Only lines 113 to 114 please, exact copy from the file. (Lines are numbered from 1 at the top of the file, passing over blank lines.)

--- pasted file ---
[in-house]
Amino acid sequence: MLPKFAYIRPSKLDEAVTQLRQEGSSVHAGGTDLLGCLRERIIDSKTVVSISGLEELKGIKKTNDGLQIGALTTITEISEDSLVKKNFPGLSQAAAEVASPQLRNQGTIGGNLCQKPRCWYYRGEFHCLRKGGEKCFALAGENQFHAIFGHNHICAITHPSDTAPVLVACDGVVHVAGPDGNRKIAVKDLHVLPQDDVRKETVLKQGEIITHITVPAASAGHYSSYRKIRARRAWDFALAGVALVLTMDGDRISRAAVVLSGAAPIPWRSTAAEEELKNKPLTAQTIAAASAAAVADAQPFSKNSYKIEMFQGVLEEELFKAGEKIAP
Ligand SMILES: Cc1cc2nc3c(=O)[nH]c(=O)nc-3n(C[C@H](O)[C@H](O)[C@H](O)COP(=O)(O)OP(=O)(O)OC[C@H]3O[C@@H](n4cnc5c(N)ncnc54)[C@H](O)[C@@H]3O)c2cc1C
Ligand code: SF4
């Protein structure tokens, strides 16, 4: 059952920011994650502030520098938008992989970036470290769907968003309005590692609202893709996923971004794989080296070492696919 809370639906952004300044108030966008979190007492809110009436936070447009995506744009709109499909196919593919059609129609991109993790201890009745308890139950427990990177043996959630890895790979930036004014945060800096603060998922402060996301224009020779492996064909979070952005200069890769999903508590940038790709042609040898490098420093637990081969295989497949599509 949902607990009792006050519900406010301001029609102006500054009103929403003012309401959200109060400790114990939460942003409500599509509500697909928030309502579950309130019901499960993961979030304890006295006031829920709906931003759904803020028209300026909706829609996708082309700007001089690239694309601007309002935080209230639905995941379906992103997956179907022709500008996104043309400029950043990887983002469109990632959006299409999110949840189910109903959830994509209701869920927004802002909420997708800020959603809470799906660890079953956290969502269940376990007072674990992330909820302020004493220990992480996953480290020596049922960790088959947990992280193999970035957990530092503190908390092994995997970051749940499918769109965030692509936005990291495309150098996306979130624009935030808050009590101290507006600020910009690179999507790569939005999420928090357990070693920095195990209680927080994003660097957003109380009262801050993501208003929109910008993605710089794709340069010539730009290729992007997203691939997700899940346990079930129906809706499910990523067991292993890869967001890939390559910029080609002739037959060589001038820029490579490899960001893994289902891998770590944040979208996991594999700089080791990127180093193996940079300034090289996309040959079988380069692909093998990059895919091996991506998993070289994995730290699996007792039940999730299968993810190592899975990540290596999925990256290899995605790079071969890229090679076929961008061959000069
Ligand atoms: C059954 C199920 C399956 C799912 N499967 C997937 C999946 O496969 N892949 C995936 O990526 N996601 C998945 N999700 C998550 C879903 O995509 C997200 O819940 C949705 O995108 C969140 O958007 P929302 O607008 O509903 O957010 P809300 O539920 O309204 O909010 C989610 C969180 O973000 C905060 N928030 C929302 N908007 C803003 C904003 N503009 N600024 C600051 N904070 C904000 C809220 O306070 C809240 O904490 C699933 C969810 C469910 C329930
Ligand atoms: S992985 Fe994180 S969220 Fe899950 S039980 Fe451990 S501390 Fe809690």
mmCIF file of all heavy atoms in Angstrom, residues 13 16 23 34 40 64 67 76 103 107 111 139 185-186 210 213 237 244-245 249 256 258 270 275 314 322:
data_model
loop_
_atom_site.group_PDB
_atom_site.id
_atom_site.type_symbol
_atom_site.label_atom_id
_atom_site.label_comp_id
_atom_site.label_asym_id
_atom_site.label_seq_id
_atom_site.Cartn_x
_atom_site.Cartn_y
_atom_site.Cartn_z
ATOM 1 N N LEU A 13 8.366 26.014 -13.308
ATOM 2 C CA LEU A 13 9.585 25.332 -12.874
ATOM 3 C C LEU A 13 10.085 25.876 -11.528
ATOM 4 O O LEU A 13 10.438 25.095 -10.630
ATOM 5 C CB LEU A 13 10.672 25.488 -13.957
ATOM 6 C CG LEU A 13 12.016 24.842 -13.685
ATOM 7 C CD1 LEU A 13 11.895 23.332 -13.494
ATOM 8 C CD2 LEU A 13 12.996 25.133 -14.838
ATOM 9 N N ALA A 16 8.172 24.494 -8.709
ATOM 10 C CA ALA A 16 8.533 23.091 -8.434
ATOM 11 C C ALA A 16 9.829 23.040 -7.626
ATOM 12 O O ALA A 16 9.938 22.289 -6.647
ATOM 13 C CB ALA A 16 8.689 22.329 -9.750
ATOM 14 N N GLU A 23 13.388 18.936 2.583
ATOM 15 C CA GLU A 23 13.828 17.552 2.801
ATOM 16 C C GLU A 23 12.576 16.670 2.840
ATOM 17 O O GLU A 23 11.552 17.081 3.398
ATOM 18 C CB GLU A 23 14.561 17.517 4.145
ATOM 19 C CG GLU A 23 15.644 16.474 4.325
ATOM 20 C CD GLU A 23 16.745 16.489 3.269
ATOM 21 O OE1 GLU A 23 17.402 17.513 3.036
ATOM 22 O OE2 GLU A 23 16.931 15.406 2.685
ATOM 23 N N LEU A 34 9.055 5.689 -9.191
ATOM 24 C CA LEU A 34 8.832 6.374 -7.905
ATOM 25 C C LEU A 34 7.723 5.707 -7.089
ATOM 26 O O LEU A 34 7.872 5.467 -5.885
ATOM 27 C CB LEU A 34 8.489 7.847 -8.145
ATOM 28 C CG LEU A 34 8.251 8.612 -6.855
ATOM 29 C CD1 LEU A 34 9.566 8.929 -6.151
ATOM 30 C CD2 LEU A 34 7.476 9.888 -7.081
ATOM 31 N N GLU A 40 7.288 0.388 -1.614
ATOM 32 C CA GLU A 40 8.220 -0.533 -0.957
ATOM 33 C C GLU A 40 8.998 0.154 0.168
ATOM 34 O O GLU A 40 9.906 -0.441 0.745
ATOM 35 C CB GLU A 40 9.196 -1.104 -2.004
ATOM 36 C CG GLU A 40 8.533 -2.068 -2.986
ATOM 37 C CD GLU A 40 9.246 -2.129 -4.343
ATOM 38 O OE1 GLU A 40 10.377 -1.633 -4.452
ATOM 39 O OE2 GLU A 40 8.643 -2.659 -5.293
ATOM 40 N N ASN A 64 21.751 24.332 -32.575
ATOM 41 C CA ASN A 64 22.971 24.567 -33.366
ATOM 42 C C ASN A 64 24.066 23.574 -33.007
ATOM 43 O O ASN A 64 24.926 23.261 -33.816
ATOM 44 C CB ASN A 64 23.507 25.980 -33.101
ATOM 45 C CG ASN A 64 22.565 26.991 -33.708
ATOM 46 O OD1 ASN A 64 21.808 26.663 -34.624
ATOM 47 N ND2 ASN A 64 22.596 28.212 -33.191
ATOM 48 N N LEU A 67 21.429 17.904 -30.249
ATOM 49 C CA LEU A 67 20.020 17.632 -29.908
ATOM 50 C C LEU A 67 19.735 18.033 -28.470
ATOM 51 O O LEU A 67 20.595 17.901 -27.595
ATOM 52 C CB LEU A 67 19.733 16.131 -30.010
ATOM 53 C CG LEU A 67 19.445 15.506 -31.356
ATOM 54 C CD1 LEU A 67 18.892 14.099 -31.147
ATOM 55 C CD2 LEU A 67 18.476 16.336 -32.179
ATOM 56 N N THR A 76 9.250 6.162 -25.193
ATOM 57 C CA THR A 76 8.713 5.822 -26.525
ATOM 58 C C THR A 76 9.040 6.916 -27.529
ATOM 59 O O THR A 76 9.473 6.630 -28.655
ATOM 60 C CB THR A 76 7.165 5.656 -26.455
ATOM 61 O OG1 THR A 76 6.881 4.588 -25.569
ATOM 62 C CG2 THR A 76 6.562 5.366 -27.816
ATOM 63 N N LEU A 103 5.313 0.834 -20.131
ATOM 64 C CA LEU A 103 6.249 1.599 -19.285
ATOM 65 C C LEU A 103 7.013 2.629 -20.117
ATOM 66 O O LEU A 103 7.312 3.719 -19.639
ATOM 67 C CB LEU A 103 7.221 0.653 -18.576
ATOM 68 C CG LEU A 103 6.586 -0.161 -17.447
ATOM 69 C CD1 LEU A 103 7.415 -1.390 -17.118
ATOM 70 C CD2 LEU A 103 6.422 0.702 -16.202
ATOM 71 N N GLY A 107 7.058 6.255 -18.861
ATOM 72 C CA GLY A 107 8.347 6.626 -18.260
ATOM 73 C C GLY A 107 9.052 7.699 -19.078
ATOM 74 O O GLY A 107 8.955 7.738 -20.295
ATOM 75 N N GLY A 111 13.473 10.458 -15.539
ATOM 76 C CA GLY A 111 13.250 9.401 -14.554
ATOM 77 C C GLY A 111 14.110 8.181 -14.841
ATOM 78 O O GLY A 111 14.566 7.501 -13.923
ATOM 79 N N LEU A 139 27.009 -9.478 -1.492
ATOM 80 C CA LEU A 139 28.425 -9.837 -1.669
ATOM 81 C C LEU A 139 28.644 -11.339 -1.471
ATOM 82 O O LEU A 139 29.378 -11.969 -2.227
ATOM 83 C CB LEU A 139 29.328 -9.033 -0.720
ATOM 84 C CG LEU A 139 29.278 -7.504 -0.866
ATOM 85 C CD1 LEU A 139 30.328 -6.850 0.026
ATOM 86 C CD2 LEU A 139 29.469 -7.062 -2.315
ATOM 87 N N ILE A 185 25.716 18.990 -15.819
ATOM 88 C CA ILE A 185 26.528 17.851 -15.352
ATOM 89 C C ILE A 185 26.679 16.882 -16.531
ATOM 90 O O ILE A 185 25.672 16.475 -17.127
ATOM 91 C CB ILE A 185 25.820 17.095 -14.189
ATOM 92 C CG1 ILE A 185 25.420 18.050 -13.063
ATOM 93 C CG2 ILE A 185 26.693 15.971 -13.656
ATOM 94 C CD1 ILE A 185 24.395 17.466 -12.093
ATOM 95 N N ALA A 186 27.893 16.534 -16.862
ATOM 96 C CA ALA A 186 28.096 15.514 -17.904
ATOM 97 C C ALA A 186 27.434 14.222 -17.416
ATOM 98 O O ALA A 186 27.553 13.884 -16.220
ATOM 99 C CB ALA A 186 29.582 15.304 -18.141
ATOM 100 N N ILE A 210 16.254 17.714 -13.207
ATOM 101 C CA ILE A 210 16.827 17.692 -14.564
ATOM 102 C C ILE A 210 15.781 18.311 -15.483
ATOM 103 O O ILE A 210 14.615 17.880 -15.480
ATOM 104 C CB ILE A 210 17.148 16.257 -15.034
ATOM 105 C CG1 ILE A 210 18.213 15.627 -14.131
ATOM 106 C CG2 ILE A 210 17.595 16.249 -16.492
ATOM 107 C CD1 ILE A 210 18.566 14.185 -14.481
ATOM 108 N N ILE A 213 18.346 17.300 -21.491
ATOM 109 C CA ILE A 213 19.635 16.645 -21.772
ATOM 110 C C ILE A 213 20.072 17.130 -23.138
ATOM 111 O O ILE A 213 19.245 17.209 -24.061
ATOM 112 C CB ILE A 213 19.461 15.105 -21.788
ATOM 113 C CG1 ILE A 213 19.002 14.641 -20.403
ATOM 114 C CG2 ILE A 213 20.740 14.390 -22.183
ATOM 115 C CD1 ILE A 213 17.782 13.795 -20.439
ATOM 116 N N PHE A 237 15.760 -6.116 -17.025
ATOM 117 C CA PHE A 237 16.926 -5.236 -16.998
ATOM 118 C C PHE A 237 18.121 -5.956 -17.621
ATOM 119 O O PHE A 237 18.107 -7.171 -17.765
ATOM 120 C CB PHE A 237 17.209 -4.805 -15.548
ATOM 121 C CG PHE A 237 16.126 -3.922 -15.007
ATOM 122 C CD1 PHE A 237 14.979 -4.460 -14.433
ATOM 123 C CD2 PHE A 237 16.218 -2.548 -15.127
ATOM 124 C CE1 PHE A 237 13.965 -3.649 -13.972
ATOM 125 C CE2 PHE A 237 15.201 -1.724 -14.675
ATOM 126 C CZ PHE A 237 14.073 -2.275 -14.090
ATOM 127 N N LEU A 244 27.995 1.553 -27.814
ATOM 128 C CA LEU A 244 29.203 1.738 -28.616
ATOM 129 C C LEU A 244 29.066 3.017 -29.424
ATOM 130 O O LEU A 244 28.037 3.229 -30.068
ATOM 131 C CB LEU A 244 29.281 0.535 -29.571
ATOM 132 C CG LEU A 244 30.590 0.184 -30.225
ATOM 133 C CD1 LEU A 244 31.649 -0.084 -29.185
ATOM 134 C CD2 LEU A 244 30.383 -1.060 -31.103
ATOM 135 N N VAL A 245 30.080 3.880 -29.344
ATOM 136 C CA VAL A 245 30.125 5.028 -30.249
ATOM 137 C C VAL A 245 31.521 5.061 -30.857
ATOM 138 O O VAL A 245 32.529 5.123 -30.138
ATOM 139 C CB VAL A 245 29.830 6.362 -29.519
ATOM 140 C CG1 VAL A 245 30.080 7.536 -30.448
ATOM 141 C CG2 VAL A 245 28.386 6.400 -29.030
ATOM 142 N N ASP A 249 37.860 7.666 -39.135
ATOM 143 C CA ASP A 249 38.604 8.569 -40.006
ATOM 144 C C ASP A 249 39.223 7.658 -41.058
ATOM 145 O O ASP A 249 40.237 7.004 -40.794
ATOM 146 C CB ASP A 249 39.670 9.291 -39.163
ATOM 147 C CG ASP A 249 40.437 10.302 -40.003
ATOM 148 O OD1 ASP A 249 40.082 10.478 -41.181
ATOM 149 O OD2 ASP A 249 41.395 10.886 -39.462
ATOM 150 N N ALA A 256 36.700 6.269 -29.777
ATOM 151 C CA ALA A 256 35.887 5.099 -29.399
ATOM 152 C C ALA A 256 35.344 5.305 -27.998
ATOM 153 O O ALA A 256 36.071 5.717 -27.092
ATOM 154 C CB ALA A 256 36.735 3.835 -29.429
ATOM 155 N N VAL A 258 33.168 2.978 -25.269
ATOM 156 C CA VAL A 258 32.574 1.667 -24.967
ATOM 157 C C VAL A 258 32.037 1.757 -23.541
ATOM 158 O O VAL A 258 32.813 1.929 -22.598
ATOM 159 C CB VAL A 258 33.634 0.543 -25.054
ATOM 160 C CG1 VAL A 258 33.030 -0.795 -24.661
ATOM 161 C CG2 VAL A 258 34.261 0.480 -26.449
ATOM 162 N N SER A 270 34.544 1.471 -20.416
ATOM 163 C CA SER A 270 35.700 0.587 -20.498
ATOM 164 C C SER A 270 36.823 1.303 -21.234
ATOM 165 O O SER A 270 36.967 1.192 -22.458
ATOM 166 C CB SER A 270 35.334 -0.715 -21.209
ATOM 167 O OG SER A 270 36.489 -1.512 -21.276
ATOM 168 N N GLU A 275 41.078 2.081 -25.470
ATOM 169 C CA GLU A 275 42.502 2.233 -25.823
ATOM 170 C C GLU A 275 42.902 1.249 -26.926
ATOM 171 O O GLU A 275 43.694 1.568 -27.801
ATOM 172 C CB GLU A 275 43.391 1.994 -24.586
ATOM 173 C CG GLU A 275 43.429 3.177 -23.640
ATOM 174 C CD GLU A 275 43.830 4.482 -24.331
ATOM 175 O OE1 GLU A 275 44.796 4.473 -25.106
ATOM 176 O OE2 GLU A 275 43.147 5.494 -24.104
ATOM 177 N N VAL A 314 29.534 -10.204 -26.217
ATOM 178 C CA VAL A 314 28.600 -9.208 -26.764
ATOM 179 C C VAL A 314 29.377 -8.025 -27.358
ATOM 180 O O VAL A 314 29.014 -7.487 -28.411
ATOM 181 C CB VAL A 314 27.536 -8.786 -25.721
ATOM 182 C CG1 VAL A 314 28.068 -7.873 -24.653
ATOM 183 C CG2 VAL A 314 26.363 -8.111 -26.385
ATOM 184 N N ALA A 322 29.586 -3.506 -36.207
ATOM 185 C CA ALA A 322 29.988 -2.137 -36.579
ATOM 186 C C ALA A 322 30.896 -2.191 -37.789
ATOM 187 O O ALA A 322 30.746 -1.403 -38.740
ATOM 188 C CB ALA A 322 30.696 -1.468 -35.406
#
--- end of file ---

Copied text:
ATOM 93 C CG2 ILE A 185 26.693 15.971 -13.656
ATOM 94 C CD1 ILE A 185 24.395 17.466 -12.093